Are you serious, Fate of the Furious? The film is a roaring mess supercharged with spurious emotion, a spectacle of what looks like Matchbox cars in a blender.
Dom (Vin Diesel) is on an improbable honeymoon in Havana with Letty (Michelle Rodriguez). If Diesel’s mind seems elsewhere—a polite way to describe watching Vin Diesel act—he’s distracted by problems. His cuz is about to lose his car over a gambling debt. Diesel stocks his cousin’s rusty wreck with NOx and drives it until it becomes a flaming wreck on the Malecón, destroying the car to save it.
Meanwhile, Luke (Dwayne Johnson) is trying to teach a group of soccer kids the haka, a kind of Polynesian Jedi mind trick. Barely has the Rock rolled his tongue back into his head when some damn government man, coyly calling himself Mr. Nobody (Kurt Russell), coerces him into action. The FF team is sought to rescue a Class IV weapon of mass destruction from some undifferentiated villains in Berlin. But then Dom double-crosses the gang!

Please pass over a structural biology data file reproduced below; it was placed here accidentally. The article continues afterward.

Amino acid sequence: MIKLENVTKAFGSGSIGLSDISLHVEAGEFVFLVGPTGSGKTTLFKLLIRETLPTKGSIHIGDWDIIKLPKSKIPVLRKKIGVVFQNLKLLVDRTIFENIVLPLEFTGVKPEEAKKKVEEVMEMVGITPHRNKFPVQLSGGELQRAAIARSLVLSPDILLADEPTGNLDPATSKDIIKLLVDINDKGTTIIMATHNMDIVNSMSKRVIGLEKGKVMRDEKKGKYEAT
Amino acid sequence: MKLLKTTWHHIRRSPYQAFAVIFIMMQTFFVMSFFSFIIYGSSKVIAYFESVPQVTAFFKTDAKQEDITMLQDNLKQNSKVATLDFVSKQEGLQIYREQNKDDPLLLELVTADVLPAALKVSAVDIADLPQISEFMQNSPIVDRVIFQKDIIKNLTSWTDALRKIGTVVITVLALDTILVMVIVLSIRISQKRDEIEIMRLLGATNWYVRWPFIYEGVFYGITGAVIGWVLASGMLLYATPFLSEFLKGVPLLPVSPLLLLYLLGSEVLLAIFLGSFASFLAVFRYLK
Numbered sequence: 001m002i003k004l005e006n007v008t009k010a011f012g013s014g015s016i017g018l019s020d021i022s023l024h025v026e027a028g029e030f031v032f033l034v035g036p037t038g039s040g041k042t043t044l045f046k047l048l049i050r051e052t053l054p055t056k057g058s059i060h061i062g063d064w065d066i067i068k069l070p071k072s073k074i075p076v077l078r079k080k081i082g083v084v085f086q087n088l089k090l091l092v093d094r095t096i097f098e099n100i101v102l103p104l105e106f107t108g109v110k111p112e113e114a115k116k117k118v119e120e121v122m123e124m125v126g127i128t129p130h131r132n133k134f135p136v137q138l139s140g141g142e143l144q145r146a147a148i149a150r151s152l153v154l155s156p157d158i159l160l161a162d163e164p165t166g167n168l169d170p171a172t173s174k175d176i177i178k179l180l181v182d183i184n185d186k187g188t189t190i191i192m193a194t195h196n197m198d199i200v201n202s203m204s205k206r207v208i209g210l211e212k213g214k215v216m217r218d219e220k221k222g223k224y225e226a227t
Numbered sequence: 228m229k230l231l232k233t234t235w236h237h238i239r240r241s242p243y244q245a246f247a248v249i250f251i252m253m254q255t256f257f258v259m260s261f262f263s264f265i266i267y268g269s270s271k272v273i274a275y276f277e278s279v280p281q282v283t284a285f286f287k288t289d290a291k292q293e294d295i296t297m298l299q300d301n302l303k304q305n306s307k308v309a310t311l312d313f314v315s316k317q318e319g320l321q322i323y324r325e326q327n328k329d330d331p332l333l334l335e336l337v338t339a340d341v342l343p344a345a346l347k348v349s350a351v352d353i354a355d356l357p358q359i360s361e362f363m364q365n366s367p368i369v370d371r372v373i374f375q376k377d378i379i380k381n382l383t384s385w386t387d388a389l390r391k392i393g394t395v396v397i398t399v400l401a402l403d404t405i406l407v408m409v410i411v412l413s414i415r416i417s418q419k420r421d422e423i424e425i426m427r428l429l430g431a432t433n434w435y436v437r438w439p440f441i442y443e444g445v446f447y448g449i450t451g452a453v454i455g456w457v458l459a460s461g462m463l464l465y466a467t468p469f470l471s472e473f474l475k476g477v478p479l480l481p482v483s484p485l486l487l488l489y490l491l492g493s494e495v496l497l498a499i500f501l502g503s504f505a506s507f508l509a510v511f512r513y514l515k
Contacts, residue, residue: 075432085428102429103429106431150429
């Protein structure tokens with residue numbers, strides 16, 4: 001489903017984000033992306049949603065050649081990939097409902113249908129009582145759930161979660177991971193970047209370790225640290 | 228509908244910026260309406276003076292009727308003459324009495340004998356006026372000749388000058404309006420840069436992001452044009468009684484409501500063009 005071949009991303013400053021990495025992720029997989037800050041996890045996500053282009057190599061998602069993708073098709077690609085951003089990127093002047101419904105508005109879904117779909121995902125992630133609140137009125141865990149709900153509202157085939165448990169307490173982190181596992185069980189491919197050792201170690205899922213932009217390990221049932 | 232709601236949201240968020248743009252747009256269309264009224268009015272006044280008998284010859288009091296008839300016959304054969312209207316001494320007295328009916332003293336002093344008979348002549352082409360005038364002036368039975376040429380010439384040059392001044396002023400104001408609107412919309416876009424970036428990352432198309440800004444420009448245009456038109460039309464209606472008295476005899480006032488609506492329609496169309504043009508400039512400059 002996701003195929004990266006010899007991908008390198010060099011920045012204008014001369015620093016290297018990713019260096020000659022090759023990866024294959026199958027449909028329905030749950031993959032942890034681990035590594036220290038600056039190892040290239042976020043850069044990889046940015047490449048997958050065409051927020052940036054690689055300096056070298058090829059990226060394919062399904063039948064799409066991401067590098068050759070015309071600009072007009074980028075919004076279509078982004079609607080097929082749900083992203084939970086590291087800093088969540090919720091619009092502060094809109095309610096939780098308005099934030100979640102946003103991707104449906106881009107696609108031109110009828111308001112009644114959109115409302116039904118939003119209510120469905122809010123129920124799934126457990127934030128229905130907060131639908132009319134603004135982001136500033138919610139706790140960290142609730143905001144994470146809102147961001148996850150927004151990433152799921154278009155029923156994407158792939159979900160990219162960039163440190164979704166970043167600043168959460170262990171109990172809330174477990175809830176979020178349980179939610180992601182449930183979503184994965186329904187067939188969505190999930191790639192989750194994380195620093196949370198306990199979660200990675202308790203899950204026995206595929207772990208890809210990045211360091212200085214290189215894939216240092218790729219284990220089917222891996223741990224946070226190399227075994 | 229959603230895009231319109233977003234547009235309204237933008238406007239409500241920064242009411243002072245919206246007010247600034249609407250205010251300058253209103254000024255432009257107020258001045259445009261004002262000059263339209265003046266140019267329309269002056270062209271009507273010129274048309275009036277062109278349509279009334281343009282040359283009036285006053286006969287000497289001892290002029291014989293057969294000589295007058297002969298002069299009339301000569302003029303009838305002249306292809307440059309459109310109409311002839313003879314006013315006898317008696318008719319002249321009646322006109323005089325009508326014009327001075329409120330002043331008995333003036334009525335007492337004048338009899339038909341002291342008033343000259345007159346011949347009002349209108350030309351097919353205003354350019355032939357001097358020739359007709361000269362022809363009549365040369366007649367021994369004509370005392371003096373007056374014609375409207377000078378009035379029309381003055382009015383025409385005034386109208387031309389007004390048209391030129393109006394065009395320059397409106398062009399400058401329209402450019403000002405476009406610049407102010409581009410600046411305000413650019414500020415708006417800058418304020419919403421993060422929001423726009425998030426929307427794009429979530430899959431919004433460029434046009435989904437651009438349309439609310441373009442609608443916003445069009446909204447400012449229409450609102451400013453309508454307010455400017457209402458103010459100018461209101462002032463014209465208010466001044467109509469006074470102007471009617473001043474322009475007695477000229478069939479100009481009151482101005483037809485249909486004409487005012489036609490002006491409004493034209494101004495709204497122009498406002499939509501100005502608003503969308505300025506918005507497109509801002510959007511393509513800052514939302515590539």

The architect of Dom’s backstabbing is the computer terrorist who calls herself Cypher, because the name Le Chiffre was taken. The white-dreadlocked genius (Charlize Theron) lives in an airplane and seeks to swipe an atomic bomb. Why? Her evil-genius speech claims she is “holding governments accountable.” Villains used to quote Nietzsche; now they sound like a PIRG.
Only the kidnapping of someone close to Dom could have caused him to betray his car-swiping, terrorist-thwarting family. Could it be a wife, a child? It’s both.
Continuing the “getting the band back together” part of the show, Jason Statham gets over bad blood with the Rock, the de facto leader of the Furiosos, until Dom comes to his senses
Missing, of course, is the late Paul Walker, acknowledged both in dialogue—”Brian would know what to do”—and in an aw-shucks finale. All they can do now is merge with The Expendables and head for outer space.
‘Fate of the Furious’ is playing in wide release in the North Bay.